At least 1 N.Y. hospital has 2 patients on single ventilator as coronavirus cases rise

At least one New York hospital has begun putting two patients on a single ventilator machine, an experimental crisis-mode protocol some doctors worry is too risky but others deemed necessary as the coronavirus outbreak strains medical resources.

The coronavirus causes a respiratory illness called COVID-19 that in severe cases can ravage the lungs. It has killed at least 281 people over a few weeks in New York City, which is struggling with one of the largest caseloads in the world at nearly 22,000 confirmed cases.

A tool of last resort that involves threading a tube down a patient’s windpipe, a mechanical ventilator can sustain a person who can no longer breathe unaided. The city only has a few thousand and is trying to find tens of thousands more.

Dr. Craig Smith, surgeon-in-chief at New York-Presbyterian/Columbia University Medical Center in Manhattan, wrote in a newsletter to staff that anesthesiology and intensive care teams had worked “day and night” to get the split-ventilation experiment going.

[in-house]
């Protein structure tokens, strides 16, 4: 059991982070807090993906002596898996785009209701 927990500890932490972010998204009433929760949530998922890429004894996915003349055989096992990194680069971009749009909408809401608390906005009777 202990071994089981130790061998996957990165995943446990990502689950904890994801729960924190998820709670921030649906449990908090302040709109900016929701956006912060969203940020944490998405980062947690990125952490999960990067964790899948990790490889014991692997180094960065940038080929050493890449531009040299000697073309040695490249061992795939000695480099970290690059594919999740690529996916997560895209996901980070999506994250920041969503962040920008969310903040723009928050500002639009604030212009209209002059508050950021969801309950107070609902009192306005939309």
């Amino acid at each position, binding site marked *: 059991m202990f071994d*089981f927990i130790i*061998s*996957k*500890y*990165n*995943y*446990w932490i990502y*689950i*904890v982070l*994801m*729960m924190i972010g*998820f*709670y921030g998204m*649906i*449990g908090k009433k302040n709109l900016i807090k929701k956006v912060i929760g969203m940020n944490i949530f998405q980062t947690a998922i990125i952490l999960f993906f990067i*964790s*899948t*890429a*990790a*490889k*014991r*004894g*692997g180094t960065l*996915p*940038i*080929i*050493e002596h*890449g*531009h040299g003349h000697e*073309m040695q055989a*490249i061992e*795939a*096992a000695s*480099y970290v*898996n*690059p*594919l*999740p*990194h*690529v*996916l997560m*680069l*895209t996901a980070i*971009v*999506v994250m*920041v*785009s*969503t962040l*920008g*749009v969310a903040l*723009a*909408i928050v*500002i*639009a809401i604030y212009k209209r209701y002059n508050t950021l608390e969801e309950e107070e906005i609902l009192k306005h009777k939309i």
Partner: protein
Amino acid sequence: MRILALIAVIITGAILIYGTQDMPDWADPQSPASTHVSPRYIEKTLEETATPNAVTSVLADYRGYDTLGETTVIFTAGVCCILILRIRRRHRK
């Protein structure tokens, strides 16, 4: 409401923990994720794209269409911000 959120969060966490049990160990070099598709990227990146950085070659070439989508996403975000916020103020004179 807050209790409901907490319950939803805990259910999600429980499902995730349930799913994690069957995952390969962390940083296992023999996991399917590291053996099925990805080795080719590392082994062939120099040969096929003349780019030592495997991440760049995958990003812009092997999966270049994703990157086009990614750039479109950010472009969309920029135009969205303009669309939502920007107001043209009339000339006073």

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New York drafts health workers, builds makeshift morgue in fight against coronavirus

Just days after New York leaders ordered people to stay home, authorities mobilized to head off a potential public health disaster Wednesday, with the city’s emergence as the nation’s biggest coronavirus hot spot a warning flare — and perhaps a cautionary tale — for the rest of the country.

A makeshift morgue was set up outside Bellevue Hospital, and the city’s police, their ranks dwindling as more fall ill, were told to patrol nearly empty streets to enforce social distancing.

Public health officials hunted down beds and medical equipment and put out a call for more doctors and nurses for fear the number of sick will explode in a matter of weeks, overwhelming hospitals the way the virus did in Italy and Spain. New York University offered to let its medical students graduate early so that they could join the battle.

Worldwide, the death toll climbed past 20,000, according to a running count kept by Johns Hopkins University. The number of dead in the U.S. topped 800, with more than 60,000 infections.

New York State alone accounted for more than 30,000 cases and close to 300 deaths, most of them in New York City.

Gov. Andrew Cuomo, again pleading for help in dealing with the onslaught, attributed the cluster to the city’s role as a gateway to international travellers and the sheer density of its population, with 8.6 million people sharing subways, elevators, apartment buildings and offices.

“Our closeness makes us vulnerable,” he said. “But it’s true that your greatest weakness is also your greatest strength. And our closeness is what makes us who we are. That is what New York is.”

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